Finally and perhaps most importantly, Alienware has made it clear that the amplifier isn’t a prototype and won’t be vaporware, and that we’re looking at an external video card chassis that is actually going to ship. Alienware will begin taking orders for the amplifier today alongside the Alienware 13 laptop, with the hardware shipping in November. Even the price is decent (especially compared to DIY attempts), with the amplifier set to cost $299. This is on top of the price of the Alienware 13 laptop and the video card to fill the amplifier with, so the total cost of a setup is still going to be significant, but despite being the first shipping consumer solution it’s not priced through the roof.

Source: Alienware

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  • Sm0kes - Tuesday, October 28, 2014 - link

    "...but in practice the only way to acquire such a rig has been to build it yourself, combining an ExpressCard slot and its pokey PCIe 2.0 x1 link with an external PCIe chassis."

    Ryan, unfortunately you're a few years behind the latest developments in the DIY eGPU space. There are now several cost effective TB / TB2 solutions available (Akitio Thunder 2, Sonnet III-D, Sonnet SEL) that offer significantly improved performance.

    I would suggest swinging over the TechInferno eGPU forum and checking out the dozens of example implementations and real world benchmarks: http://forum.techinferno.com/diy-e-gpu-projects/65...

    The bottom line is this solution is dead on arrival. The proprietary connector will limit the success and adoption of this. Although, I don't blame Dell here. Intel's unwillingness to certify any Thunderbolt solution aimed at graphics cards is forcing vendors to resort to alternative interfaces.
    Reply
  • NA1NSXR - Tuesday, October 28, 2014 - link

    They should've used a 1U sized PSU. Reply
  • Manch - Wednesday, October 29, 2014 - link

    Looking at the prices for the option, yeah it is. Alienware makes nice machines. Before Dell bought them out, they were the machines I wish I had. After Dell bought them I was concerned but they have continued to produce nice hardware albeit still expensive. I understand you're paying for the name but I had hoped being bought by Dell would enable them to leverage those perks and bring down prices a bit.

    I really like the concept of an external graphics card so I can replace my DT & laptop with one system. I however am just unwilling to pay the premium they're charging. Until prices come down to earth for a feature such as this, Ill be happy with syncing my data accross my devices.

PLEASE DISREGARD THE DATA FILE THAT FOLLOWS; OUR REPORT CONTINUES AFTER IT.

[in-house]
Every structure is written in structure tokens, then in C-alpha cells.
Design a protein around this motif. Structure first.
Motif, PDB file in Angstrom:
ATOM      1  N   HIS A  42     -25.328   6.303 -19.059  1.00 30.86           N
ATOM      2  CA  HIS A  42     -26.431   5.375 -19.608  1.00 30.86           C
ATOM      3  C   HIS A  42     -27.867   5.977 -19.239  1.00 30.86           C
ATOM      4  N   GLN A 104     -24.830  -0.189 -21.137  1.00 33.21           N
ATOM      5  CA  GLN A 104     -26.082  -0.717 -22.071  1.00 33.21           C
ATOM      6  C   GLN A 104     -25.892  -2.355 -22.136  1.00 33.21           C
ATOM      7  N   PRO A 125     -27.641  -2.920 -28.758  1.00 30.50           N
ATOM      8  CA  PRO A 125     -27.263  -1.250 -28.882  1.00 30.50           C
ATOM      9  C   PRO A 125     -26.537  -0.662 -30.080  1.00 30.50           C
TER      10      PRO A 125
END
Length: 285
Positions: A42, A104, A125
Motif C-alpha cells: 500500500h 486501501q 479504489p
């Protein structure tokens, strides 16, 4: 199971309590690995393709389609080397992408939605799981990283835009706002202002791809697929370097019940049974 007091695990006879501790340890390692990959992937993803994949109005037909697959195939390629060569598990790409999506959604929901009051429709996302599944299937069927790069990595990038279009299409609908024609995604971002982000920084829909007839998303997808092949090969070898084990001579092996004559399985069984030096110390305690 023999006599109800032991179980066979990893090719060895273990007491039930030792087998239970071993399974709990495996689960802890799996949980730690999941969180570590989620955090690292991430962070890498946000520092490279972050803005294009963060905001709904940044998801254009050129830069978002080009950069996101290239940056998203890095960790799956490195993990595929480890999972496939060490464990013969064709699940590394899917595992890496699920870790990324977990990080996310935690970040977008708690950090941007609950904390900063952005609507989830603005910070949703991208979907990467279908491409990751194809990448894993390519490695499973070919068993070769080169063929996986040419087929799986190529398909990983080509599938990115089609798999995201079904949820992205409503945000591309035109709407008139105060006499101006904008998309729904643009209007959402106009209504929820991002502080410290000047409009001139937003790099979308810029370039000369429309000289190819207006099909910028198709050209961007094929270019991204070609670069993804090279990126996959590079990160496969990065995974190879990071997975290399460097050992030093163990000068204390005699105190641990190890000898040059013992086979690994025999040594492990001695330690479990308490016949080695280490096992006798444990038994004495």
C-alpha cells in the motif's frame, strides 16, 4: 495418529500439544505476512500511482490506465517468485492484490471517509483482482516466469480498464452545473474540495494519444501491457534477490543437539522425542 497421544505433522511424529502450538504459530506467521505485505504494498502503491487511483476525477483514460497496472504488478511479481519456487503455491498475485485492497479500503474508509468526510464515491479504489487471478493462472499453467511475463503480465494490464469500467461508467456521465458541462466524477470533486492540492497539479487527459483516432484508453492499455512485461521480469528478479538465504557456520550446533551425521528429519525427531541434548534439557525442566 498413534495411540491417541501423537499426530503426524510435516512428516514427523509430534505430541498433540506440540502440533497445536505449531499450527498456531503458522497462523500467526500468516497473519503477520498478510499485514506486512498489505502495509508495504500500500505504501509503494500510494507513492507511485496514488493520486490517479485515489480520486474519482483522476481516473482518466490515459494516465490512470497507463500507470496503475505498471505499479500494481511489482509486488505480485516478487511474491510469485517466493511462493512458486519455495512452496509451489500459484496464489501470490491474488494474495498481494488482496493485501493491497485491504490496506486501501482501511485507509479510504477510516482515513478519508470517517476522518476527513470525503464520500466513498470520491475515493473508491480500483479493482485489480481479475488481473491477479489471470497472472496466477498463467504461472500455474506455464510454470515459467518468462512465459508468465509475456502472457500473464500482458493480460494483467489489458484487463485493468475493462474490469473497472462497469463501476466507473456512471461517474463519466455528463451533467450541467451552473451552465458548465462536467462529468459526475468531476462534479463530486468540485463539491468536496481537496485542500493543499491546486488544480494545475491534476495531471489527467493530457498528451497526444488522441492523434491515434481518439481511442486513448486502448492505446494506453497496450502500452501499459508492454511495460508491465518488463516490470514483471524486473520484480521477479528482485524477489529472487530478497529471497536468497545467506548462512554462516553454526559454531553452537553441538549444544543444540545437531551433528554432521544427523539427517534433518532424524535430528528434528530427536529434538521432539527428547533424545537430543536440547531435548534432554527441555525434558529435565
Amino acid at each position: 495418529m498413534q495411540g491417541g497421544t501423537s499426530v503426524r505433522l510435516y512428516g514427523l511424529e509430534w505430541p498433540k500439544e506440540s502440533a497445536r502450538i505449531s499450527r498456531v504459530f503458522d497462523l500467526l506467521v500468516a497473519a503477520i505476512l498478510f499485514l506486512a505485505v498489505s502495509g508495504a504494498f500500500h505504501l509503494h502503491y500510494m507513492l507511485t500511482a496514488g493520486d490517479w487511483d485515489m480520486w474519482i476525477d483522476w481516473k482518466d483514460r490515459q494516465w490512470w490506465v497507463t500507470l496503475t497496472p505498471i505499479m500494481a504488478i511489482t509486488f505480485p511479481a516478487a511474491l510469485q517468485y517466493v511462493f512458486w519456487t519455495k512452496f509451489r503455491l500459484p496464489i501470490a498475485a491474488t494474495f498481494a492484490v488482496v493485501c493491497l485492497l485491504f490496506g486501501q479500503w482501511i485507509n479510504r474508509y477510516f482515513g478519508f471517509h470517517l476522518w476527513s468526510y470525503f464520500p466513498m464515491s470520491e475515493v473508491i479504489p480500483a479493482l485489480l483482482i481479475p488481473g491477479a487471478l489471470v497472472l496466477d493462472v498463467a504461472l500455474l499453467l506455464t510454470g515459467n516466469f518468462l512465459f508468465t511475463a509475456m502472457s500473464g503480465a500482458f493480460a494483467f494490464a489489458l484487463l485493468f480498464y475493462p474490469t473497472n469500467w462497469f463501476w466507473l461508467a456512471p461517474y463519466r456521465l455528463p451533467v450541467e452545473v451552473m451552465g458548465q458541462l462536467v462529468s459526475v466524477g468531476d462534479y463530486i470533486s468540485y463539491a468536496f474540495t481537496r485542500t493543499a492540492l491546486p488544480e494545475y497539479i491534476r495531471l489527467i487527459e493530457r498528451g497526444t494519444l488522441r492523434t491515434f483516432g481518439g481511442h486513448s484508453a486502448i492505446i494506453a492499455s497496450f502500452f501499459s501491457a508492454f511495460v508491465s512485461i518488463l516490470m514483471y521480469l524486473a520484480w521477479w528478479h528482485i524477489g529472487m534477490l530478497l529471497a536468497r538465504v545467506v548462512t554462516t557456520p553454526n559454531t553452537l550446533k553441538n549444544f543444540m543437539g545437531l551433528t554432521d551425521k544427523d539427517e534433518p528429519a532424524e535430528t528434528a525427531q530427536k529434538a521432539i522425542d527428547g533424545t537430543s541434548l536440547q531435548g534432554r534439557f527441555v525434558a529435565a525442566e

Reply
  • MDX - Sunday, November 2, 2014 - link

    The machine + box is cheaper than the other machines I was considering before the announcement (Aorus X3 and Razer Blade). Not sure how price is the barrier there? I just wish it had macro keys like the Aorus ;) Reply
  • cjb110 - Wednesday, October 29, 2014 - link

    People keep mentioning the Intel policy issue re eGPU and thunderbolt, anyone know more about the why? It just seems unlikely Intel would have this without a damn good reason. Is there some certification, health and safety type thing people aren't aware off? Reply
  • rhx123 - Wednesday, October 29, 2014 - link

    I made this post on T|I a while back but my theory still stands:

    They don't want a docked laptop to be as fast as a desktop, so when someone needs mobility and desk-bound performance, they are forced into buying a laptop and desktop both with Intel silicon.

    The same shows with Ultrabooks, they are not pushing displayport at all, and when you do get one with displayport, MST isn't supported so you can't really run multiple monitors easily. I think Intel now see most laptops as companion devices, or at least more dumbed down than stuff like the proper EliteBooks.
    This is further evidenced by the dropping of 16x 3.0 PCIe lanes from Haswell ULV.
    Reply
  • extide - Thursday, October 30, 2014 - link

    I think they totally missed the opportuinty to have this essentially be a full docking station. What I mean is that it should:
    -Provide power TO the laptop
    -and include support for ethernet and audio jacks and such

    so that you basically only need to hook up the one connection and boom, your laptop has everything connected.
    Reply
  • MDX - Sunday, November 2, 2014 - link

    I spoke with dell's director for product dev at PAX yesterday, and he said the cable and the connector are not proprietary to dell and that dell has not patented them. He said the only thing proprietary is their software solution that prevents accidental cable disconnection from potentially damaging the hardware. Reply
  • MDX - Sunday, November 2, 2014 - link

    Forgot to mention that he also said they're going to include broadwell as soon as intel releases it. Reply
  • vang024 - Monday, November 3, 2014 - link

    I'd get it if it will work as a docking station for a Surface Pro 3 or Yoga 2 Pro. Reply